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I remember the day I interviewed for the APSCUF summer internship: It was pouring down rain at Millersville University, and I was running to the Rec Center on campus to get set up for my Zoom with Kathryn and Sean from the government-relations and public-relations department at the Association of Pennsylvania State College and University Faculties. My boss at the Rec eagerly awaited me, showing me the spot in the office they set up for me to use and then asking me if I had any last, nervous thoughts. The truth was all I had was nervous thoughts. My time in the government department at Millersville wasn’t extensive; at that point, it had only been a month or two since I’d switched majors. It was as if I had spent no time getting situated before deciding to try for an internship. I felt prepared but thought, “What if my résumé isn’t impressive? What if the knowledge I presented wasn’t articulated as well as other candidates?” Nonetheless, nerves settled, and I logged on to meet Kathryn and Sean.

Millersville University student Chloe Kissinger visited the Pennsylvania Capitol as part of her summer internship with APSCUF’s government-and-communication department. Click here to learn more about APSCUF internships.

Immediately I felt that APSCUF was the right place for me. Seeing their advocacy for not only the faculty and coaches they represent but also the students on the state campuses really drew me in and kept me there. Since I am typing my end-of-summer reflections post, obviously the interview went well. I accepted the position here at APSCUF two weeks later.

Since accepting, I have worked side by side with the APSCUF team on various projects. I got to meet three current faculty members and two retired faculty members, all of whom I then wrote about. Getting to know these members and how this union truly worked and is working for them was mesmerizing. As a student of the State System, I never thought I would get the opportunity to look behind closed doors, but APSCUF gave me that chance. Faculty members are constantly advocating for our education, and now I know that APSCUF is fighting just as hard for faculty and coaches.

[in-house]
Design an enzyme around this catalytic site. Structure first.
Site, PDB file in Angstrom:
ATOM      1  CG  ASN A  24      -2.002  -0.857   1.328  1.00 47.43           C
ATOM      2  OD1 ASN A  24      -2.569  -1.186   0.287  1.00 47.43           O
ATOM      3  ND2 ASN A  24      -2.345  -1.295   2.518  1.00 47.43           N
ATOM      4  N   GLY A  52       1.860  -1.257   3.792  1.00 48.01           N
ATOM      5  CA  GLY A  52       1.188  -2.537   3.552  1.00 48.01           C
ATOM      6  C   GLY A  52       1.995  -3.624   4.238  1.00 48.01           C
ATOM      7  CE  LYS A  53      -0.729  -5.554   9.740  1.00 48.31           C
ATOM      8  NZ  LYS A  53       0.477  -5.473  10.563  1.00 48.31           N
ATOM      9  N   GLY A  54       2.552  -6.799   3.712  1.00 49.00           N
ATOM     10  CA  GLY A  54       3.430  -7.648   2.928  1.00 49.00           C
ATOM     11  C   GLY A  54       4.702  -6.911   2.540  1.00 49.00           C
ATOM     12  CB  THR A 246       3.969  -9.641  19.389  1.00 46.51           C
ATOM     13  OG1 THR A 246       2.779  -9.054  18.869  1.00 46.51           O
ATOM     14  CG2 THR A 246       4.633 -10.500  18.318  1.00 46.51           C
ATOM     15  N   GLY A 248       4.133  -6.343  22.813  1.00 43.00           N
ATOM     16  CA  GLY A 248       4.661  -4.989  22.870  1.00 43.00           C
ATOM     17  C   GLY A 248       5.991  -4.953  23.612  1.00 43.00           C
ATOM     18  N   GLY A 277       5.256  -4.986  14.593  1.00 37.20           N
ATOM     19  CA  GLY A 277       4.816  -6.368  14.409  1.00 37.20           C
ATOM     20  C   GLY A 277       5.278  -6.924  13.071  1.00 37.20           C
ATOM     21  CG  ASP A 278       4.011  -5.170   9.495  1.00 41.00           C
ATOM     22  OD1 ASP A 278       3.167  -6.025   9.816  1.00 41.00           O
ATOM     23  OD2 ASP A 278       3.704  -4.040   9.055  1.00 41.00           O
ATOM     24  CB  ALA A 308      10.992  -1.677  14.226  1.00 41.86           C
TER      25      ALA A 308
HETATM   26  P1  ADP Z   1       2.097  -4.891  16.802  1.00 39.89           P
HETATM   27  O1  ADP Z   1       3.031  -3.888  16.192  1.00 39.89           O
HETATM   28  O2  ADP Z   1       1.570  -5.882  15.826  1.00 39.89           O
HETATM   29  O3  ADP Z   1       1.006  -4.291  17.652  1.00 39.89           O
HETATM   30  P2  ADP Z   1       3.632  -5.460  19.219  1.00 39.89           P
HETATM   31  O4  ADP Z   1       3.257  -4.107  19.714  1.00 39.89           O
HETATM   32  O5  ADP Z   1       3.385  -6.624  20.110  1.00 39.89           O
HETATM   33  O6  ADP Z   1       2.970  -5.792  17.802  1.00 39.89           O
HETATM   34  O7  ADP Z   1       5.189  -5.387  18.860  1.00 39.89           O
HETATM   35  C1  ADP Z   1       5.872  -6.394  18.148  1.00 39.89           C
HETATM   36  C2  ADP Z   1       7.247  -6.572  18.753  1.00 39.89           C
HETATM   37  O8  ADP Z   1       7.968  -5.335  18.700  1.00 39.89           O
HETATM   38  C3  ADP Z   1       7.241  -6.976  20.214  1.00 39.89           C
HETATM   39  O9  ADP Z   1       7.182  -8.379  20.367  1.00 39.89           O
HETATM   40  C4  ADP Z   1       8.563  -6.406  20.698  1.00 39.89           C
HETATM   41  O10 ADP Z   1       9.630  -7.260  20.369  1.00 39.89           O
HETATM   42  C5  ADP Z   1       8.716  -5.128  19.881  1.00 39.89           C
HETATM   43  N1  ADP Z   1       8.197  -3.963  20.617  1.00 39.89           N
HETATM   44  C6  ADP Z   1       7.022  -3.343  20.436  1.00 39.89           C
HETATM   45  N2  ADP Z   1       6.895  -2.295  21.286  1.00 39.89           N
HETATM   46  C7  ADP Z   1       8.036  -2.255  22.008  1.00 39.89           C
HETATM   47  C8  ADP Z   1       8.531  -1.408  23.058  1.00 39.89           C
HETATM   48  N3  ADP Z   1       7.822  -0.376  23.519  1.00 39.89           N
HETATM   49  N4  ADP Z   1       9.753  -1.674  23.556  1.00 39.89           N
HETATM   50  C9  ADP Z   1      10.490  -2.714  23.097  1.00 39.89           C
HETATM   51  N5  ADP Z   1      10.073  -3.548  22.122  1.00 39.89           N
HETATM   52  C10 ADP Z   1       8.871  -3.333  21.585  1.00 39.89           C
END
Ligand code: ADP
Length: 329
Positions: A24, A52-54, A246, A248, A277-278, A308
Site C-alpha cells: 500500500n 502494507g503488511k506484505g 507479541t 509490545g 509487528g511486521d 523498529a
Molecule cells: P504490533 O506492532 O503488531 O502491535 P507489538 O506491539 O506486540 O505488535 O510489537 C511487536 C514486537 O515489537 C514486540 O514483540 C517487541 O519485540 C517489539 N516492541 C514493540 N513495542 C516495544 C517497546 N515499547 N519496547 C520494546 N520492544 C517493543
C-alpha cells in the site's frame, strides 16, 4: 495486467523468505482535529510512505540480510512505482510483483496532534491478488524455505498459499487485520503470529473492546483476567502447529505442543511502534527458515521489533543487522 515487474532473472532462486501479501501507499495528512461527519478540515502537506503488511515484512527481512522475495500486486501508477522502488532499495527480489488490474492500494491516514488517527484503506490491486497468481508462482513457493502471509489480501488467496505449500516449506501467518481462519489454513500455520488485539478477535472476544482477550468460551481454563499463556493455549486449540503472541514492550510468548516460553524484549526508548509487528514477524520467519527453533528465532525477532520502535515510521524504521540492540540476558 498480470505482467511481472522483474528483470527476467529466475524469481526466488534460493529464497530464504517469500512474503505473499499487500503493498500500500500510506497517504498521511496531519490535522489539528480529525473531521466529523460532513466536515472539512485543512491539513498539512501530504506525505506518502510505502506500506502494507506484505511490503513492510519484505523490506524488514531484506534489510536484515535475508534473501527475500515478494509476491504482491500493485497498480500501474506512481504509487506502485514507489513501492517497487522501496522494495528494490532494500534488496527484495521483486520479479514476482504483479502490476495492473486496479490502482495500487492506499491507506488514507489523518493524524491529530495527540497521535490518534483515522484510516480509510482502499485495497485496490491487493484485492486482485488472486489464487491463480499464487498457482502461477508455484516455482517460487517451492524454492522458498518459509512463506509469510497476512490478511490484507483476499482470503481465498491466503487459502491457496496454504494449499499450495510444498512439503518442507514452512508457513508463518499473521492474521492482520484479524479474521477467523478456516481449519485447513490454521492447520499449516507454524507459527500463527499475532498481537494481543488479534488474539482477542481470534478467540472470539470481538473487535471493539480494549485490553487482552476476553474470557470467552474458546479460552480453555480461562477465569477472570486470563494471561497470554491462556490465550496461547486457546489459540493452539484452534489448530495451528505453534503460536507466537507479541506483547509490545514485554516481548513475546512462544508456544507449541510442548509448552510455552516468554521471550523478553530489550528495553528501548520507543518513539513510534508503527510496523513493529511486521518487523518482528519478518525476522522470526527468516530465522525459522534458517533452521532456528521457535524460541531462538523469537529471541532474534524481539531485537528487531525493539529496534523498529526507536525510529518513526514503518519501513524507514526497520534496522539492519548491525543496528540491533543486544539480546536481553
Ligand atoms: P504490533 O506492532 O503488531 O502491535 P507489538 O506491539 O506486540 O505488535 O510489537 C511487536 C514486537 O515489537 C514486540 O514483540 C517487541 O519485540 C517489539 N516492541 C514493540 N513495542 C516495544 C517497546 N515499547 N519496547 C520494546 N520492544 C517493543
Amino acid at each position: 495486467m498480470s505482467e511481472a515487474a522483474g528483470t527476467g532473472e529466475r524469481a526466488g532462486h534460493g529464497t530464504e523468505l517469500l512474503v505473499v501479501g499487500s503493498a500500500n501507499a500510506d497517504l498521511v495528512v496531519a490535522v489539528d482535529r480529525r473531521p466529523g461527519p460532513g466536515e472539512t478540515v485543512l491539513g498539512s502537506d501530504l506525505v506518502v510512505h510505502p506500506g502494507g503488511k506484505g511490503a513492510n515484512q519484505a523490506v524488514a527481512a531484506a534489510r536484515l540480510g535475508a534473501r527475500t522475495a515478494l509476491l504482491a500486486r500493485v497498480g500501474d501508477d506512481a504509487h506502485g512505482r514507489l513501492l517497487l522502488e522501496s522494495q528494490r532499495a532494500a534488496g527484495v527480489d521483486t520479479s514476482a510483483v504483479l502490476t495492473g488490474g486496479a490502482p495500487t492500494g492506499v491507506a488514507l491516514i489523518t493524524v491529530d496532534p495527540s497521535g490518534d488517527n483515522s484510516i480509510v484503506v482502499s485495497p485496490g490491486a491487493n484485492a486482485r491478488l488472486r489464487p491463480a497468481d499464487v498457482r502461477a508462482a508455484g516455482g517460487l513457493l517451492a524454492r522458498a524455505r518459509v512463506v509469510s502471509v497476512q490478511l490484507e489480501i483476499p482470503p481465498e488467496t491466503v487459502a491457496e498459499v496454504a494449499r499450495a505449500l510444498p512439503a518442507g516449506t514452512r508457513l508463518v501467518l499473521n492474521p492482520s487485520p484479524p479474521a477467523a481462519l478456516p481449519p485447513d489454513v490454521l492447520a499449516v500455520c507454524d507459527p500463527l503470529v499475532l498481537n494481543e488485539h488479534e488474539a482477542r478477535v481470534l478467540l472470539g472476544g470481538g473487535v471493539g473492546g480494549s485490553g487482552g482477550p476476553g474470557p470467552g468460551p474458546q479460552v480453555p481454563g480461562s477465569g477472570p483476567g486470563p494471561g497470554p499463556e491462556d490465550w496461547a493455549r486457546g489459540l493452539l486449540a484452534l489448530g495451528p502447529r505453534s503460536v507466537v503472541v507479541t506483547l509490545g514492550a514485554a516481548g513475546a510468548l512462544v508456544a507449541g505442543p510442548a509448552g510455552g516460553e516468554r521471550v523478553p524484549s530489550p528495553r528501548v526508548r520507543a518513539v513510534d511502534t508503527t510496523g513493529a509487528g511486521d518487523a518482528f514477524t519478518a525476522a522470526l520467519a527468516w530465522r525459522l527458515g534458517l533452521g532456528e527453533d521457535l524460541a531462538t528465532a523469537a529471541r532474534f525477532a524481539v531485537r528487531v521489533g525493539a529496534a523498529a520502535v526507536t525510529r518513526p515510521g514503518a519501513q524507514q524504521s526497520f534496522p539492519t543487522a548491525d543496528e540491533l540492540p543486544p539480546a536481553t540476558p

This internship through the summer has been a hybrid experience, so I work from home most days. I feel as if this structure allowed me to work more freely — and then, when I was to come in person, it was a packed day, full of fun things to do. At home is where I researched bills and projects for Sean, and it was where I interviewed faculty and wrote articles for Kathryn. Being hybrid didn’t diminish my experience; I believe it elevated it, allowing me to see how a hybrid work environment can excel.

I loved exploring the public-relations aspect of this internship; Kathryn Morton was always right there to guide me along the way. Before, I had never written anything besides a research paper. Now, after the experience of learning how to write in other styles — from a former journalist — I am inspired to take a few journalism classes myself. Getting to know how and why pieces get written was so interesting. Kathryn is an astonishing member of the APSCUF state staff and will continue to influence and shape interns’ lives for years to come. Just a tip for those thinking about interning here: You may get the pleasure of experiencing Cork & Fork, which is now a top-five restaurant in my book, and Kathryn will agree.

My passion will always lie with politics and government, and there was no better person to facilitate this than Sean Crampsie. I remember the first day we went to the Capitol. I had visited years prior, when an older brother of mine still worked there as a staffer, but I hadn’t had the chance to return until my first day with Sean. That morning we went to some fundraisers, where I got the chance to meet some representatives and senators. Being able to shake the hands of people I had only read about in the news made the whole experience awe-inspiring. However, I realized elected officials are humans, too, and I remembered why we were there: for the faculty and coaches. I learned how lobbying can positively affect higher-education bills. The experience of working with Sean and getting to meet all sorts of union lobbyists truly made this internship incredible.

With my internship ending on Aug. 4, I am taking this opportunity to reflect on all I have learned and experienced. Meeting the State APSCUF staff was wonderful, and there couldn’t have been a better group of people to learn from. I am incredibly grateful for all that has been provided to me, and I will reminisce about this internship as I start my career.

—Chloe Kissinger,
APSCUF intern